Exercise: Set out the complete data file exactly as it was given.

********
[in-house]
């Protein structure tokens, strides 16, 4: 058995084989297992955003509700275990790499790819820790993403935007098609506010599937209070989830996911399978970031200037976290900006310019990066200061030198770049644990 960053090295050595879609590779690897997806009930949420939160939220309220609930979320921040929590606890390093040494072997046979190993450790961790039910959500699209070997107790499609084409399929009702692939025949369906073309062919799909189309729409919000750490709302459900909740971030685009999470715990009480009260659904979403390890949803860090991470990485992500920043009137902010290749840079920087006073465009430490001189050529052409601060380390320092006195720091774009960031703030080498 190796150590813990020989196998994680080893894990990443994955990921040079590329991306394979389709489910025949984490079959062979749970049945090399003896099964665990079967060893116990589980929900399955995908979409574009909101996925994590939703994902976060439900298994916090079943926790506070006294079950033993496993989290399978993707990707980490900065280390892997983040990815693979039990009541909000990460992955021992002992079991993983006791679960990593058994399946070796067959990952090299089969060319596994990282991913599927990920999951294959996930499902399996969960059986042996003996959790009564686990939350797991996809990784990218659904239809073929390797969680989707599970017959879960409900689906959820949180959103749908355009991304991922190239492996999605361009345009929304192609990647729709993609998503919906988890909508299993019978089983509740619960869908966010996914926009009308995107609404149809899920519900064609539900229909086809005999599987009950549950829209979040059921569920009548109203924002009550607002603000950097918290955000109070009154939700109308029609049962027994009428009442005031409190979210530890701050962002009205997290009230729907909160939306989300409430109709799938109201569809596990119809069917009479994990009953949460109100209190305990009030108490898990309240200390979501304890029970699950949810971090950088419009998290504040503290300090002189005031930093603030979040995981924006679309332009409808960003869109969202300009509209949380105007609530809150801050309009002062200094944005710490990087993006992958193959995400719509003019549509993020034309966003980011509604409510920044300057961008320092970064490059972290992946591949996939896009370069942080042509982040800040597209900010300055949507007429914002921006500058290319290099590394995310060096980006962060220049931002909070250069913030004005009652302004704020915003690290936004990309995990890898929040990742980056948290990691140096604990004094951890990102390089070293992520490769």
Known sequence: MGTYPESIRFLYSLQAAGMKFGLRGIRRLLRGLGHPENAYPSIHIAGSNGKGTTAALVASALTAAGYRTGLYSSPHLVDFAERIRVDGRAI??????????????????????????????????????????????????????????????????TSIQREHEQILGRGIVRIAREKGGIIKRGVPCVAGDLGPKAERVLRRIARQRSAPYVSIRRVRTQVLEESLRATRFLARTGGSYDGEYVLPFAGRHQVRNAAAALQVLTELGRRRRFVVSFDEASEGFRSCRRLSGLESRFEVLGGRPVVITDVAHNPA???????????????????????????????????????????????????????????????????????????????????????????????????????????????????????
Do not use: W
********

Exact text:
[in-house]
């Protein structure tokens, strides 16, 4: 058995084989297992955003509700275990790499790819820790993403935007098609506010599937209070989830996911399978970031200037976290900006310019990066200061030198770049644990 960053090295050595879609590779690897997806009930949420939160939220309220609930979320921040929590606890390093040494072997046979190993450790961790039910959500699209070997107790499609084409399929009702692939025949369906073309062919799909189309729409919000750490709302459900909740971030685009999470715990009480009260659904979403390890949803860090991470990485992500920043009137902010290749840079920087006073465009430490001189050529052409601060380390320092006195720091774009960031703030080498 190796150590813990020989196998994680080893894990990443994955990921040079590329991306394979389709489910025949984490079959062979749970049945090399003896099964665990079967060893116990589980929900399955995908979409574009909101996925994590939703994902976060439900298994916090079943926790506070006294079950033993496993989290399978993707990707980490900065280390892997983040990815693979039990009541909000990460992955021992002992079991993983006791679960990593058994399946070796067959990952090299089969060319596994990282991913599927990920999951294959996930499902399996969960059986042996003996959790009564686990939350797991996809990784990218659904239809073929390797969680989707599970017959879960409900689906959820949180959103749908355009991304991922190239492996999605361009345009929304192609990647729709993609998503919906988890909508299993019978089983509740619960869908966010996914926009009308995107609404149809899920519900064609539900229909086809005999599987009950549950829209979040059921569920009548109203924002009550607002603000950097918290955000109070009154939700109308029609049962027994009428009442005031409190979210530890701050962002009205997290009230729907909160939306989300409430109709799938109201569809596990119809069917009479994990009953949460109100209190305990009030108490898990309240200390979501304890029970699950949810971090950088419009998290504040503290300090002189005031930093603030979040995981924006679309332009409808960003869109969202300009509209949380105007609530809150801050309009002062200094944005710490990087993006992958193959995400719509003019549509993020034309966003980011509604409510920044300057961008320092970064490059972290992946591949996939896009370069942080042509982040800040597209900010300055949507007429914002921006500058290319290099590394995310060096980006962060220049931002909070250069913030004005009652302004704020915003690290936004990309995990890898929040990742980056948290990691140096604990004094951890990102390089070293992520490769």
Known sequence: MGTYPESIRFLYSLQAAGMKFGLRGIRRLLRGLGHPENAYPSIHIAGSNGKGTTAALVASALTAAGYRTGLYSSPHLVDFAERIRVDGRAI??????????????????????????????????????????????????????????????????TSIQREHEQILGRGIVRIAREKGGIIKRGVPCVAGDLGPKAERVLRRIARQRSAPYVSIRRVRTQVLEESLRATRFLARTGGSYDGEYVLPFAGRHQVRNAAAALQVLTELGRRRRFVVSFDEASEGFRSCRRLSGLESRFEVLGGRPVVITDVAHNPA???????????????????????????????????????????????????????????????????????????????????????????????????????????????????????
Do not use: W